Even if you play concertos with orchestra, the once-on-a-rare-occasion use is probably not worth optimizing for, purchase-wise -- almost everyone is better off purchasing for their routine use.

November 20, 2016 at 12:15 AM · Lydia, thank you for your confidence in me :) Yes, I know what I want in a violin and what I don't want. I also know that I get emotional and I can talk myself into something easily when choosing a violin. Dealers can be pushy and prices don't necessarily reflect quality. All these considerations made violin purchase super stressful for me. Yes, I have enough skills and experience to decide it on my own but then, lawyers hire other lawyers to defend their case and doctors (such as my husband) don't treat themselves or their family members, for somewhat similar reason.

November 20, 2016 at 07:16 AM · Yixi, I believe you misunderstood me. I'm not suggesting that all violins are created equal. I'm saying that whether you are a student looking for a violin on a $2000 budget, or a professional looking for the best violin for you on a $20000 budget, you can apply the same sorts or principles and have the same confidence in your choice. That's what I mean by 'everything is relative'. What you prefer in terms of tonal qualities is completely subjective, but there are other factors as well of course, including how you plan to use it.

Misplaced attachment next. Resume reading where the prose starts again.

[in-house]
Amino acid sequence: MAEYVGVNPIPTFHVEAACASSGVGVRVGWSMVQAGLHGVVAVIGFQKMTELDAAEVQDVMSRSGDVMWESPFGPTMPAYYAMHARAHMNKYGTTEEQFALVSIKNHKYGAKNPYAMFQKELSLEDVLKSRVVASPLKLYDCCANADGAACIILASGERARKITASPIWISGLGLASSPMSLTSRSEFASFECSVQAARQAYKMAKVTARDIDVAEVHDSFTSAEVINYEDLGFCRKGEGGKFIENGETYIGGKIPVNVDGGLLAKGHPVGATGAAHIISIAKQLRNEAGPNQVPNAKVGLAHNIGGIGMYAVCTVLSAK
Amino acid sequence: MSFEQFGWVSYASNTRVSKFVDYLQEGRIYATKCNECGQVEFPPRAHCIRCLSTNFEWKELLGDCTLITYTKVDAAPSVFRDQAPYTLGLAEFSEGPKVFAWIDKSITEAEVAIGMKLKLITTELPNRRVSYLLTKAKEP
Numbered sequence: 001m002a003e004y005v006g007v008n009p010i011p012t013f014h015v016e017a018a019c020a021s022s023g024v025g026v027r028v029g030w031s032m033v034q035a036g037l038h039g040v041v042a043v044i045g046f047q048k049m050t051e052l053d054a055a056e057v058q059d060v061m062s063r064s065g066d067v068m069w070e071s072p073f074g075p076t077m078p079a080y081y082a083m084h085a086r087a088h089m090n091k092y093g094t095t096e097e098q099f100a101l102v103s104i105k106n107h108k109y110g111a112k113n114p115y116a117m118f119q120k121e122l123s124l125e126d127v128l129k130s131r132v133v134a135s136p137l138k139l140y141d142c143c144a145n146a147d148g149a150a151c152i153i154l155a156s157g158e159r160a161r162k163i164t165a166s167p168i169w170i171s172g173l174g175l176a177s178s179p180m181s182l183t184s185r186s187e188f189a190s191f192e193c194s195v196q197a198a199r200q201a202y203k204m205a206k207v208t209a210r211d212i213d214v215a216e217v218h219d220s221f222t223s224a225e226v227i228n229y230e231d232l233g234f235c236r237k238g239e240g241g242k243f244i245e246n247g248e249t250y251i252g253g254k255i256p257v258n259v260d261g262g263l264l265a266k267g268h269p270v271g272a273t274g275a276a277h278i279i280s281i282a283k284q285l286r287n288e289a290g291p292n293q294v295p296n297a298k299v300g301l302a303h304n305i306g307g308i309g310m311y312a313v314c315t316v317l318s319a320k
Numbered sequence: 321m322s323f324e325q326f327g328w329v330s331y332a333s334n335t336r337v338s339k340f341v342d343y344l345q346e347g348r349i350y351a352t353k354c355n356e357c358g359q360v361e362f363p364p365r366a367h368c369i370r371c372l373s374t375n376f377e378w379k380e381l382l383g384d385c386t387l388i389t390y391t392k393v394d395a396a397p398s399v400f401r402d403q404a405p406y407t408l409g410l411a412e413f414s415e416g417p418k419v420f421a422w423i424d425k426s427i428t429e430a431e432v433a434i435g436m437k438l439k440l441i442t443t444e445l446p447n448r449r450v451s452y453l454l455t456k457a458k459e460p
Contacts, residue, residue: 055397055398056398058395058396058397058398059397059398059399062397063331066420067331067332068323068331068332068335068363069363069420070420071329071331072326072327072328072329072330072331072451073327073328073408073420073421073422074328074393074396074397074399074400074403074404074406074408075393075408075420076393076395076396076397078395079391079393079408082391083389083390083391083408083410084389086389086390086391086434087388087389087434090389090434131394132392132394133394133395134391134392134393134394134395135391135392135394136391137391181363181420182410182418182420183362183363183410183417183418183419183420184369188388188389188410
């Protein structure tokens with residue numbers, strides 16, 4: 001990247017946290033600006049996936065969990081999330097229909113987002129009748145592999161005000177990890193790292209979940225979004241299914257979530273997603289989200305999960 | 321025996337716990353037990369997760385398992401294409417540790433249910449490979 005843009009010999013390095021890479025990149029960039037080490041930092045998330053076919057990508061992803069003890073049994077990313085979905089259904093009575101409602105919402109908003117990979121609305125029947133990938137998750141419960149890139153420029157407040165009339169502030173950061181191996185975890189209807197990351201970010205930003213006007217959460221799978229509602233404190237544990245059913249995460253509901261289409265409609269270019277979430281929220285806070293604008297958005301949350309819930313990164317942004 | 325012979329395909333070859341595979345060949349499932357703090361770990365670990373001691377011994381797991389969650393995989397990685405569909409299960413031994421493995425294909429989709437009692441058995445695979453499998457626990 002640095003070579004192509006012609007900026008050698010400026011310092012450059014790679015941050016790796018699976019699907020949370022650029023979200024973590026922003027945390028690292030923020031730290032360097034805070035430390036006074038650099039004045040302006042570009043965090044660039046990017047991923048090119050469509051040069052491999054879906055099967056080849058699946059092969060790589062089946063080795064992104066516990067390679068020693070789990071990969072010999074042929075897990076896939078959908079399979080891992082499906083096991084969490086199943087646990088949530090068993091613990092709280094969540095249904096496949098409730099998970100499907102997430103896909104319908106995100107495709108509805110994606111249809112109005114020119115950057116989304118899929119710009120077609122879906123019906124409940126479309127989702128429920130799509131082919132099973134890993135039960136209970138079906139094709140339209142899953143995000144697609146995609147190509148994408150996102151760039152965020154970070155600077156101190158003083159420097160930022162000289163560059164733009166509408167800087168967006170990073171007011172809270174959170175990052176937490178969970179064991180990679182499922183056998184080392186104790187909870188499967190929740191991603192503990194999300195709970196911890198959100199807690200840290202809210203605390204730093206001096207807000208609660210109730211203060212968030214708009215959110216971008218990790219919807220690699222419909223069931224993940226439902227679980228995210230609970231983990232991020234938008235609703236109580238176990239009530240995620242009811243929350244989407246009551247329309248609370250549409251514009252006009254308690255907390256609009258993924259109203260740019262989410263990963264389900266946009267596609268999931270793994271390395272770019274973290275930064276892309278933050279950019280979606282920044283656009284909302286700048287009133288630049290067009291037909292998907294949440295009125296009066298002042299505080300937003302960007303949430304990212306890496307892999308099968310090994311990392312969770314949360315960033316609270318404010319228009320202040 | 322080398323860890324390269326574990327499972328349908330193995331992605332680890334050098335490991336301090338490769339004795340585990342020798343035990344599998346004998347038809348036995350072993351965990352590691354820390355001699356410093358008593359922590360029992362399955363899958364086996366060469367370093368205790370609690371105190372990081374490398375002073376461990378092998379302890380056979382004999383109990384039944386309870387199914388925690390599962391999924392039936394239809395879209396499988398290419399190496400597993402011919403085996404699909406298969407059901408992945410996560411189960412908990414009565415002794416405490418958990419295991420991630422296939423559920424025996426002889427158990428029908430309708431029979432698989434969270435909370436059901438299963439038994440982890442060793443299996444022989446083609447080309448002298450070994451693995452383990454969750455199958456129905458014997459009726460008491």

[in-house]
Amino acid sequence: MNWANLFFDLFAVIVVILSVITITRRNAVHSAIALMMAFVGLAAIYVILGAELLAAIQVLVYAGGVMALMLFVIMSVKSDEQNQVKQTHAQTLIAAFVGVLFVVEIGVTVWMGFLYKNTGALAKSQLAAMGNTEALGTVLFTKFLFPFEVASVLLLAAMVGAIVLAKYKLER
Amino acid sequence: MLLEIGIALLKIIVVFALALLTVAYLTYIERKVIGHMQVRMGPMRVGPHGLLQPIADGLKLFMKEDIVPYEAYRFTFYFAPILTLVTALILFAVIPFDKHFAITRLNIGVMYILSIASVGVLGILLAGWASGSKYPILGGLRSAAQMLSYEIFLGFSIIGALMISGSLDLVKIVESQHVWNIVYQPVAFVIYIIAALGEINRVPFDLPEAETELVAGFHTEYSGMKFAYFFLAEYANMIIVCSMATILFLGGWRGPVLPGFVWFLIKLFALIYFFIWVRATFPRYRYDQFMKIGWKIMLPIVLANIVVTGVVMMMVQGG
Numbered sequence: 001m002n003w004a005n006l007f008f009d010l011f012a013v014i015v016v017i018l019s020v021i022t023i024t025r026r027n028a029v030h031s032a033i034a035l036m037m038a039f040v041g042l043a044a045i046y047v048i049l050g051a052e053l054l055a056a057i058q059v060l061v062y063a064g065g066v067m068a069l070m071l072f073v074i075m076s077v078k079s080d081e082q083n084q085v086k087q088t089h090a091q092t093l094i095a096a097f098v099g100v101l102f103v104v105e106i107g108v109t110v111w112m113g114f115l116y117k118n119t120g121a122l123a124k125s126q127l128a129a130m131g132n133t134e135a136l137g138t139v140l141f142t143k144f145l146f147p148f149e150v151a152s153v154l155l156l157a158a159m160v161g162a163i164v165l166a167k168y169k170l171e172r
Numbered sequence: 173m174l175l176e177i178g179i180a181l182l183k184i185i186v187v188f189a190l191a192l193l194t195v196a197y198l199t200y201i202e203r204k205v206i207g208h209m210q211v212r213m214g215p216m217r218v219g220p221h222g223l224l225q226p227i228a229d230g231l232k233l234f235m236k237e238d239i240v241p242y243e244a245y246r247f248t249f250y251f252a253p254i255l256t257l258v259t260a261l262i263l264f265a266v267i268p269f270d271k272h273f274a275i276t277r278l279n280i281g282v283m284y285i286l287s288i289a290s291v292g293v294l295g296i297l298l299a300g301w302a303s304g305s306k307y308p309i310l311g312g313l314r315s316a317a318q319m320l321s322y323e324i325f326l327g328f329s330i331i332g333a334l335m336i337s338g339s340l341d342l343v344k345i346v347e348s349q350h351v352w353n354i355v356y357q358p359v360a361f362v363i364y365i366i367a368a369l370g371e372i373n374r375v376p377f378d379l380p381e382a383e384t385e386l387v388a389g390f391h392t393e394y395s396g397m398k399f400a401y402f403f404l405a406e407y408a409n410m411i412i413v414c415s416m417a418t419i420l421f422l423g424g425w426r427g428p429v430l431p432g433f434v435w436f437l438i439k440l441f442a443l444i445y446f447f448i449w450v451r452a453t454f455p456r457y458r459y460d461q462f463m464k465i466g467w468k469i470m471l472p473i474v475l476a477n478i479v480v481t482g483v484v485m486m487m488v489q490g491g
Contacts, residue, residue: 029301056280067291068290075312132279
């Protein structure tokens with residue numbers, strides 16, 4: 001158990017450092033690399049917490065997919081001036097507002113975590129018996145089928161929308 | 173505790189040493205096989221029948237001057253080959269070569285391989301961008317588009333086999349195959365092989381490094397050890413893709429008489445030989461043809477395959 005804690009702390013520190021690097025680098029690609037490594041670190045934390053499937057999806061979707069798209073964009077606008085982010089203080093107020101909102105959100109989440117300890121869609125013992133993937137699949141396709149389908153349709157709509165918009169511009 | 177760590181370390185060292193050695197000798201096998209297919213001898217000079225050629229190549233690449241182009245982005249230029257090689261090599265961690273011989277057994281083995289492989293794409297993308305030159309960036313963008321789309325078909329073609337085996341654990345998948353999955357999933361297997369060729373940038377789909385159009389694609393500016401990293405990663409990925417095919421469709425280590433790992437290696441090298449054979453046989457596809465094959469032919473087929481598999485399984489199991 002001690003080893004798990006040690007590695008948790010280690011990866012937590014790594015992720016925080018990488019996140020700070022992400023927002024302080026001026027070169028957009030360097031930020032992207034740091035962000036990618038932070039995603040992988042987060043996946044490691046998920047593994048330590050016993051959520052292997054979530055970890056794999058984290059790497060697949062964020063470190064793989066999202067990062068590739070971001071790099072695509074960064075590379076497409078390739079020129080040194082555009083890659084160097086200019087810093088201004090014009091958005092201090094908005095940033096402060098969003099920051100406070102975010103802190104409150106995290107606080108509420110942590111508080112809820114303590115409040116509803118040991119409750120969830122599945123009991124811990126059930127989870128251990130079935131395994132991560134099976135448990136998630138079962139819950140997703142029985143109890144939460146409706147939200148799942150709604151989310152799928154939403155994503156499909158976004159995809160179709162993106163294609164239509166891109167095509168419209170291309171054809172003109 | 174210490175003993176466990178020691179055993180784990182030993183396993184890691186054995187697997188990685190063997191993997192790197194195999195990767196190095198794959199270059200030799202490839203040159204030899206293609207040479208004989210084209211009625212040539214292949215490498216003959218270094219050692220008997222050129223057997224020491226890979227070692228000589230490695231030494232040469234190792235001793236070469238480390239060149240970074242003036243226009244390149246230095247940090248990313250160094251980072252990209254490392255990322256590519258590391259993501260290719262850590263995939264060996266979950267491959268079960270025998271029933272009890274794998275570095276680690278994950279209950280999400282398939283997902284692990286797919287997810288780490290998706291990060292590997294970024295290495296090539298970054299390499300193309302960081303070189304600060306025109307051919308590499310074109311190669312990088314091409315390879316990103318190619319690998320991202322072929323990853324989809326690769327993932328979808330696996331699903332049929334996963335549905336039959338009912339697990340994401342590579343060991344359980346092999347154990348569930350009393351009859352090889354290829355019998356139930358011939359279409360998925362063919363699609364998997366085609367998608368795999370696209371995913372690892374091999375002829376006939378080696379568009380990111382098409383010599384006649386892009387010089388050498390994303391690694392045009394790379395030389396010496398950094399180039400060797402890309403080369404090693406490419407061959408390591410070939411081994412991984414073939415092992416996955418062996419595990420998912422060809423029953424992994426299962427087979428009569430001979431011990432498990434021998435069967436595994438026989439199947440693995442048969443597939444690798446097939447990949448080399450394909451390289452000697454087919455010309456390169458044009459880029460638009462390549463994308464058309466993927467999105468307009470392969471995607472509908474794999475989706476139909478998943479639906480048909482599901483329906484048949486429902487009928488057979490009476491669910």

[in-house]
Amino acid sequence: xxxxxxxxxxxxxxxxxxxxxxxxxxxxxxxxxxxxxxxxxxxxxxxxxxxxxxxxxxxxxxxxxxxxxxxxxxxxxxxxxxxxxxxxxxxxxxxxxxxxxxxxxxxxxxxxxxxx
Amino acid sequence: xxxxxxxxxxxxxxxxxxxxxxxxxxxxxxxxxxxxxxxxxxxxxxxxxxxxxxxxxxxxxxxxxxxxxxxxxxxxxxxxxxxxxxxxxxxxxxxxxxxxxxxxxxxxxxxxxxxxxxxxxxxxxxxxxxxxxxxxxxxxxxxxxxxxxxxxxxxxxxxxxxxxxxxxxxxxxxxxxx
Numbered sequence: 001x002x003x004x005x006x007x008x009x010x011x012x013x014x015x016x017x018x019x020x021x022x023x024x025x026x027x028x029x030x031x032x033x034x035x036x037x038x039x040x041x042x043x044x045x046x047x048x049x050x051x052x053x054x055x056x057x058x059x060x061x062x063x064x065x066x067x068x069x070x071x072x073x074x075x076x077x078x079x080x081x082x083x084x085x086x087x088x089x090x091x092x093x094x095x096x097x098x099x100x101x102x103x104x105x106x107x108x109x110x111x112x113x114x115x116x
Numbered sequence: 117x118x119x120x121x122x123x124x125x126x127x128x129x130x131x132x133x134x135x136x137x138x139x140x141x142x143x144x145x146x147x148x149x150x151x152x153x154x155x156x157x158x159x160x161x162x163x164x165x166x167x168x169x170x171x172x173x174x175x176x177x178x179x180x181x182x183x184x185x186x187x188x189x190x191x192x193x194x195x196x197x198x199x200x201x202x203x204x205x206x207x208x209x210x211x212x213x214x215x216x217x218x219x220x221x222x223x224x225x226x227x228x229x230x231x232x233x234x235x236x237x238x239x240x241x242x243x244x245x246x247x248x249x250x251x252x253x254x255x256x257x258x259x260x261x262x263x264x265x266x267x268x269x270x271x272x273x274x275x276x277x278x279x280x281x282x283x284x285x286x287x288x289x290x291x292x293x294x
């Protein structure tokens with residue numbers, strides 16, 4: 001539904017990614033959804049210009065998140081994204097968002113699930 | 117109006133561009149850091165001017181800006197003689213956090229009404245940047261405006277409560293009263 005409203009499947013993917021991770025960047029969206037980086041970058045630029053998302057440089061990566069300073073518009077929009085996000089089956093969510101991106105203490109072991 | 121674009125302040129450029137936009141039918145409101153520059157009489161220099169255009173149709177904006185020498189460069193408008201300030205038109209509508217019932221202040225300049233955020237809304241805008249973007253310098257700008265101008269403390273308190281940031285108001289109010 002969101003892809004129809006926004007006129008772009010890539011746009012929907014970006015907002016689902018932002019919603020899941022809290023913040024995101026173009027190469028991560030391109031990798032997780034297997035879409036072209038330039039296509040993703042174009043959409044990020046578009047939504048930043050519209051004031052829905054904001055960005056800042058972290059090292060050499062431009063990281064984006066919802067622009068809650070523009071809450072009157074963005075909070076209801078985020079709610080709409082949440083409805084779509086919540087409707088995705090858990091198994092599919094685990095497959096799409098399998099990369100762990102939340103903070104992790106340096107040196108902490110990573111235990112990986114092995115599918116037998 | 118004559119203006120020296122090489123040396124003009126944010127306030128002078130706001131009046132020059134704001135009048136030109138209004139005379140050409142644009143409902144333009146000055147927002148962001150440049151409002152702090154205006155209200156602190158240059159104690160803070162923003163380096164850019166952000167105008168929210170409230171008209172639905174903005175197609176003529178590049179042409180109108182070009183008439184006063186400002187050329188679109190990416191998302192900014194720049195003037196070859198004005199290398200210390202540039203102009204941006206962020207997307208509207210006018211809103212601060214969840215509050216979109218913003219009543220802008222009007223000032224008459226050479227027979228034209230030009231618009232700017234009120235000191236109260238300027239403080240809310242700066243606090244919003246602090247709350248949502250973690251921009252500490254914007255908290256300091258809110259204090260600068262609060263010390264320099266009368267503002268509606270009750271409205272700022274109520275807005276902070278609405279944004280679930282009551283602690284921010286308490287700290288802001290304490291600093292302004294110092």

You could offer someone the best dark chocolate in the world, but if they don't like dark chocolate...

I gave myself a budget of $2500 for a student or intermediate violin. Even though I heard much nicer violins at higher price points I have confidence in my choice of violin as a student within my budget. I'm positive I chose what was right for me.

November 20, 2016 at 05:44 PM · Leif, I read your blog. Good for you for finding the violin you are happy with!

Making a purchase for ourselves is a personal choice and it's obvious and trivial to say that one has to choose what's best for one's need. Dealers usually encourage buyers with words like "whatever suits you best", "it's a personal choice". What's wrong with that?